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Documentation of the Contemporary Czech sport, Physical Education and Olympism: its Possibilities and Limits

Abstract

The present paper focuses on the documentation of the present and recent history of the Czech sport and physical education through the example of the Department of the Physical Education and Sport History at the National Museum. Apart from The Olympic Studies and Information Centre it is the only institution on the territory of the Czech lands which systematically preserves the history of this field of human activity on a long term basis. Unlike in the past it faces a number of difficulties which limit the documentation of this area of study. In spite of this inconvenience in many cases it is still possible to preserve the present of the Czech sport and physical education both from a general perspective and in terms of specific sport branches.

The study focuses on the theoretical and practical questions related to the possibilities and limits of the documentation of the present and recent history of the Czech sport and physical education. It also analyses the problems of the “present” in sports: how it is perceived, defined and its problematization in relation to a field, which is, given its nature and link to social changes, relatively young.

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Historical European Martial Art a crossroad between academic research, martial heritage re-creation and martial sport practices

Abstract

Historical European martial arts (HEMA) have to be considered an important part of our common European cultural heritage. Studies within this field of research have the potential to enlighten the puzzle posed by past societies, for example in the field of history, history of science and technology, or fields related to material culture.

The military aspects of history are still to be considered among the most popular themes of modern times, generating huge public interest. In the last few decades, serious HEMA study groups have started appearing all over the world – focusing on re-creating a lost martial art. The terminology “Historical European Martial Arts” therefore also refers to modem-day practices of ancient martial arts. Many of these groups focus on a “hands-on” approach, thus bringing practical experience and observation to enlighten their interpretation of the source material. However, most of the time, they do not establish inquiries based on scientific research, nor do they follow methodologies that allow for a critical analysis of the findings or observations.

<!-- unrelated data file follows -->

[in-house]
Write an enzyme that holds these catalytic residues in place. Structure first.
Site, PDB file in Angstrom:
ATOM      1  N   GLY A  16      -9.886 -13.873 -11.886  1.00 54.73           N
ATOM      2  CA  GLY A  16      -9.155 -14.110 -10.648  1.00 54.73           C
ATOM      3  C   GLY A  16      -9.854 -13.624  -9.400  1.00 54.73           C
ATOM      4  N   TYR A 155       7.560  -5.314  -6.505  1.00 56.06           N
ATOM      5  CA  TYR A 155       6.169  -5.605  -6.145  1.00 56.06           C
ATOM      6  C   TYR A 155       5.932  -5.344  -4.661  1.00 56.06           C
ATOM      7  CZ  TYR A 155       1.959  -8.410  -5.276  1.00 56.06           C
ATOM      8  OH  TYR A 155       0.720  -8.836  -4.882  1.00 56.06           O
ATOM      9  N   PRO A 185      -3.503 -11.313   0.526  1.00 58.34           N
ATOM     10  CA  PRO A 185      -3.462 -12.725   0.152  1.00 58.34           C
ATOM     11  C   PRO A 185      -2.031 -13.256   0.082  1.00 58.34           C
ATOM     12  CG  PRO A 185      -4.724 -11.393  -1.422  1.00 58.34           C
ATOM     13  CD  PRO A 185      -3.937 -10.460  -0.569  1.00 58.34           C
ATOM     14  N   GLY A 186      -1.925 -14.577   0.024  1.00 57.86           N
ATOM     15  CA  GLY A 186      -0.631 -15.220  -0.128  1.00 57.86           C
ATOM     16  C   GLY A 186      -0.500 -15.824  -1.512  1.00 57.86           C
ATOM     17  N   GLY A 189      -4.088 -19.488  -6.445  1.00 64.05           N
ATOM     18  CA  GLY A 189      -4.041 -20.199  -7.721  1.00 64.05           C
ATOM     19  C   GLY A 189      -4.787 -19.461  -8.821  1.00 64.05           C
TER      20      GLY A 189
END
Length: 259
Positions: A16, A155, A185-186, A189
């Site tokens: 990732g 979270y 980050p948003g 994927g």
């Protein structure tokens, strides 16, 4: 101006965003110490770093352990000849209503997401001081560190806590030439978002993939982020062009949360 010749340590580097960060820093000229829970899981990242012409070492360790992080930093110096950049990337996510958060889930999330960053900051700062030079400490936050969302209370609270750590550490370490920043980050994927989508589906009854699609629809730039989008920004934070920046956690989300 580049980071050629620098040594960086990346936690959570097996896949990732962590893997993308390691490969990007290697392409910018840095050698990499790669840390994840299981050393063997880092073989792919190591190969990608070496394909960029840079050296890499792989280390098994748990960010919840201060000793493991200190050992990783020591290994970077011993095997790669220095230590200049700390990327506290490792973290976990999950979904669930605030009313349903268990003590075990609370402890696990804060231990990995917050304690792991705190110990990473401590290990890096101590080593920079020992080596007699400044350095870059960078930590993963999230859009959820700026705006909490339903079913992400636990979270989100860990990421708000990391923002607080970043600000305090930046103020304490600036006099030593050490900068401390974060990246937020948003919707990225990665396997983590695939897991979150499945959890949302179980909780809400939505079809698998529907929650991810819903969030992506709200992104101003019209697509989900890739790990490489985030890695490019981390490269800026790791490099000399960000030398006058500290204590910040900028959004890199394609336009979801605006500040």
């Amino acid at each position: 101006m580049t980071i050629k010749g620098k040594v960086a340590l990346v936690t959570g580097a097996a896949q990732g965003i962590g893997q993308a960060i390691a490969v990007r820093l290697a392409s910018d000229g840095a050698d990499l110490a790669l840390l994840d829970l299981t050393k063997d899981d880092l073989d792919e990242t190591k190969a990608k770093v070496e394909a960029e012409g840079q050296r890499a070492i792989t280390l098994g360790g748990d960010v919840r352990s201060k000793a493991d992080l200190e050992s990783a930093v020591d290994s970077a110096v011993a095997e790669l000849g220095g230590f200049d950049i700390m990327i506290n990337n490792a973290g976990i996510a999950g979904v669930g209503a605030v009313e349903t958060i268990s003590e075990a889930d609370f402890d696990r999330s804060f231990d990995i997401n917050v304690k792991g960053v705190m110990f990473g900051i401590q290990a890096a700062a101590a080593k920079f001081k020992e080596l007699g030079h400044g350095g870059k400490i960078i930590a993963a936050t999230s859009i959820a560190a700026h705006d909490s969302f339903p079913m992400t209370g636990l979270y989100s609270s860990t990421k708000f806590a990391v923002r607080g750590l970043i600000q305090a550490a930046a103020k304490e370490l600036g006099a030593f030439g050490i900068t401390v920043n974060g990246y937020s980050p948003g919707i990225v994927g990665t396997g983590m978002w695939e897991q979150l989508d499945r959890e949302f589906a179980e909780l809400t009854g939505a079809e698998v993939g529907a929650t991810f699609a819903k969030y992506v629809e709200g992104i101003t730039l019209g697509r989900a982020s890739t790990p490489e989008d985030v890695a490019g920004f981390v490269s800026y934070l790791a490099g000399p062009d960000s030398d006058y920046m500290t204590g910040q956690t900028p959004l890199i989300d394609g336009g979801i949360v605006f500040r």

This paper will therefore propose and discuss, ideas on how to bridge the gap between enthusiasts and scholars; since their embodied knowledge, acquired by practice, is of tremendous value for scientific inquiries and scientific experimentation. It will also address HEMA practices in the context of modern day acceptance of experimental (or experiential) processes and their value for research purposes and restoration of an historical praxis. The goal is therefore to sketch relevant methodological and theoretical elements, suitable for a multidisciplinary approach, to HEMA, where the “H” for “historical” matters.

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Fighting with the Longsword: Modern-day HEMA Practices

Claus Frederik Sørensen, ‘Historical European Martial Art: A crossroad between academic research martial heritage re-creation and martial sport practice’, Acta Periodica Duellatorum 3/1 (2015), 5-35. Majar, János and Zoltán Várhelyi, ‘Thibault and Science I: Measure, Distance and Proportions in the Circle’, Acta Periodica Duellatorum 2/1 (2014), 67-104. Martens, Krist, ‘Towards a New Approach in HEMA-Tournaments: Let's Fence Naked!’ (31 January 2014, < http://hroarr.com/towards-a-new-approach-in-hema-tournaments-lets-fence-naked/ > [queried 30 May 17

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Zahraniční Výjezdy Československých Volejbalistů – Reflexe Zahraničí Očima Československých Sportovců v 50. a 60. Letech 20. Století

Abstract